For travelers looking for even more seclusion from the real world, Culebra offers tranquil beaches and incredible wildlife. The Culebra National Wildlife Refuge is called “Ultima Virgen” (Last Virgin) because of its proximity to the Virgin Islands; the underwater vistas and unexplored reefs are a diver’s paradise. Among its many “best of” honors, Flamenco Beach has the prestige of being voted as one of The Travel Channel’s best beaches in the world.
Ponce, the “Pearl of Southern Puerto Rico” and the second largest city on the island, is known for its fusion of cultures and neoclassical architecture. Visitors will detect a Colonial ambiance, with Ponce’s many beautiful plazas, colonial mansions and ornate churches.
Adventure seekers should explore the Island of Caja de Muertos (“Coffin Island”) and its Blue Flag certified Playa Pelícanos which is only a short boat ride away from Ponce. Transfers are available only on weekends. There, divers take advantage of one of Puerto Rico’s most unspoiled and spectacular underwater experiences in the Caribbean.
Porta del Sol
This region of Puerto Rico is a world-class dive destination due to the incredible Marine Wall, located approximately one mile off-shore, providing spectacular dramatic under water vistas and bushes of distinctive black coral.
This extraordinary Marine Wall has a series of slopes and sheer drop-offs that start at 30 feet to 120 feet before disappearing into a 2,000- foot drop, well beyond diver depths. For snorkeling, beaches near Ponce such as La Parguera offer fantastic reefs right off shore. There is no need for a boat with excellent visibility and amazing coral reefs only yards away from the shoreline.
Surfers from all over the world travel to Rincón for some of the most challenging waves in the world. In winter, visitors can watch surfing competitions and visit the newly-renovated Rincon Lighthouse and Park, a prime location for whale watching, as humpback whales swim close to the shore.
As the third largest city in Puerto Rico, Mayagüez’s smallcity urban atmosphere serves as a great destination for families. Mayagüez offers shopping and restaurants with traditional Puerto Rican fare, and boasts Puerto Rico’s only zoo. The city was selected as host city for the 2010 Central American and Caribbean games during summer season.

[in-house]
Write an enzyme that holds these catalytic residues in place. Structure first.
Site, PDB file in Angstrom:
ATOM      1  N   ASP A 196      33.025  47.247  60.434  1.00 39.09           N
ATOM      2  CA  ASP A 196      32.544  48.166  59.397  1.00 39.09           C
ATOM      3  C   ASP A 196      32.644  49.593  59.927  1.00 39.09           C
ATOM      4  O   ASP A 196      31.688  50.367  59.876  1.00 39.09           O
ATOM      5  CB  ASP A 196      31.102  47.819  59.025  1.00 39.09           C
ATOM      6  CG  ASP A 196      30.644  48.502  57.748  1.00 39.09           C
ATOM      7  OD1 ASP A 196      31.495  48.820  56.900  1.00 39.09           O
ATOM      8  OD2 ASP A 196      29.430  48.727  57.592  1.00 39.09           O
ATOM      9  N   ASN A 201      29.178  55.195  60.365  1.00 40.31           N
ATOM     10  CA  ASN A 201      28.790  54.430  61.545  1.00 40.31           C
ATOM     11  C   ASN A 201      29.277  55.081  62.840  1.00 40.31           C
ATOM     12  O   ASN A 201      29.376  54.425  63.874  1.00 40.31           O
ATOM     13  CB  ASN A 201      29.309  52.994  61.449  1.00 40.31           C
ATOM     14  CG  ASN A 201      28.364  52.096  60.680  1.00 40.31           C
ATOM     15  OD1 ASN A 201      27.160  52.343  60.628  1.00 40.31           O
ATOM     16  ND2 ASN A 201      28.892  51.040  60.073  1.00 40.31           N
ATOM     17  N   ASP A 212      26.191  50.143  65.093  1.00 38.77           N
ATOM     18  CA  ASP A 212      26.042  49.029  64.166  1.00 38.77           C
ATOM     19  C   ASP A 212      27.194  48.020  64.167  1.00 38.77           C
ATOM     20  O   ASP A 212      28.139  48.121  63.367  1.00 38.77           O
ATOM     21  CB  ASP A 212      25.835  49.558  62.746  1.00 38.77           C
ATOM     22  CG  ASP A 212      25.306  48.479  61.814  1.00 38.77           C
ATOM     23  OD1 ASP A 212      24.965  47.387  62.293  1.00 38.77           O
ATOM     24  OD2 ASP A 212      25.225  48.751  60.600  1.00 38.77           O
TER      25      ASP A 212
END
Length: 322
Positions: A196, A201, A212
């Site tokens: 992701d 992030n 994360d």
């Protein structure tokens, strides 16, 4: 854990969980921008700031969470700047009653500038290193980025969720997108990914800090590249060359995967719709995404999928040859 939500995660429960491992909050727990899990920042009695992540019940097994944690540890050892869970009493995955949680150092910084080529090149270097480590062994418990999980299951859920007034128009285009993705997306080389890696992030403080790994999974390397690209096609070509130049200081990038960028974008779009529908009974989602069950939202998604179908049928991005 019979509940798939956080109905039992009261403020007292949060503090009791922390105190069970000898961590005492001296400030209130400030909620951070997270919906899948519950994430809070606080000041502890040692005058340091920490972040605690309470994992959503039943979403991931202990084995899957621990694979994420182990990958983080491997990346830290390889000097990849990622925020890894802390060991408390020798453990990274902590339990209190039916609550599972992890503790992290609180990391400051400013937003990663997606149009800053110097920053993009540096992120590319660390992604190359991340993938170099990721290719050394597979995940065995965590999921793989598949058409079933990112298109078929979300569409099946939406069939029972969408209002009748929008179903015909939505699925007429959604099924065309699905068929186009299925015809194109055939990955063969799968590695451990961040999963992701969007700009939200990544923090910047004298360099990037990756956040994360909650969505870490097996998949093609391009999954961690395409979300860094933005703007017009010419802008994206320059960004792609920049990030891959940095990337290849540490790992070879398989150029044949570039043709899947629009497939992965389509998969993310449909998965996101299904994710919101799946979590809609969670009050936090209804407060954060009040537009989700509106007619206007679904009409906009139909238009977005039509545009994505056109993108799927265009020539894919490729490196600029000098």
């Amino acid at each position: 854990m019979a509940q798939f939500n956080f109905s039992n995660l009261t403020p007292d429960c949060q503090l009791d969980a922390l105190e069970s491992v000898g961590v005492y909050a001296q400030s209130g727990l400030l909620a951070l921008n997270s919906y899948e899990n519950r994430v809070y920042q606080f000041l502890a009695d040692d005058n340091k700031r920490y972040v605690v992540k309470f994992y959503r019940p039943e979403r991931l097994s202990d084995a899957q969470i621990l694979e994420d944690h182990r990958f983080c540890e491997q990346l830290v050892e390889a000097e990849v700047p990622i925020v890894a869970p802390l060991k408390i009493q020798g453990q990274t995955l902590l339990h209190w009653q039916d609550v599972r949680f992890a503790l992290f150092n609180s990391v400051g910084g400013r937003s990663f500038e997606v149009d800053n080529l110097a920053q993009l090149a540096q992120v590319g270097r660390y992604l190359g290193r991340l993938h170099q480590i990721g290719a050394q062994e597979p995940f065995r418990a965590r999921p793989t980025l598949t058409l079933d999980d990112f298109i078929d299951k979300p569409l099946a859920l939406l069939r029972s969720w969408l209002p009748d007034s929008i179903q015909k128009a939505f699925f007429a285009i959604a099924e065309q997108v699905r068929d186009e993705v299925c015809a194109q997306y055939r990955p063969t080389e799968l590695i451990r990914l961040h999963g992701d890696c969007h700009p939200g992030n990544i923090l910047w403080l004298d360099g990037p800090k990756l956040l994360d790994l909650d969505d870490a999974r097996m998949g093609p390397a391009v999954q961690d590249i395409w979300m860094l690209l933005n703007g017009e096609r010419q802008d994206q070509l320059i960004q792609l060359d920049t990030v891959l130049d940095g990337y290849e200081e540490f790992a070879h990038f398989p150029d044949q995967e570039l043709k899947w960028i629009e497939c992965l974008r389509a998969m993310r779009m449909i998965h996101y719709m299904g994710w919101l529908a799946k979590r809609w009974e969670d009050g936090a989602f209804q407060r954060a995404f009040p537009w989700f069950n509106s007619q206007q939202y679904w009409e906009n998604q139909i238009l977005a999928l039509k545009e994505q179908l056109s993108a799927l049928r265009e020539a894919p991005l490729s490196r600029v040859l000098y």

Heading south down the coast, travelers can unwind in the beach area of Boquerón in the town of Cabo Rojo. Boquerón provides one of the best secluded public beaches on the island. After an afternoon of kayaking or windsurfing, visitors can watch the brilliantly colored sunsets on Boquerón beach.
San Germán, or the “City of Hills” as it was once known, is Puerto Rico’s second oldest city. By far the most popular attraction in the area is Iglesia Porta Coeli, one of the oldest (and smallest) churches in the New World, which was built by friars in 1606. Today, visitors can take a tour of the church, which has been converted into a state-owned museum featuring a small but prestigious collection of historical artifacts.
Guánica is a must-see in the Western region, with its gorgeous bays and beaches that dot the coastline. The town’s biggest attraction, however, is the Guánica Dry Forest Reserve, a unique, dry woodland that has been designated a World Biosphere Reserve. Visitors can hike through the lush forest trails and view more than 700 types of plants and 135 types of birds.
Nature buffs and campers should consider a visit to Mona Island, known as the Galápagos of the Caribbean, just off the shore of Mayagüez. As there are no inhabitants on this island, no facilities, and no lodging, Mona Island is ideal for overnight extreme-style camping trips, hiking or diving in crystal clear waters.
How to Plan Your Trip
For more information and details about accommodations, attractions and activities Puerto Rico has to offer visit the Puerto Rico Tourism Company website at www.seepuertorico.com.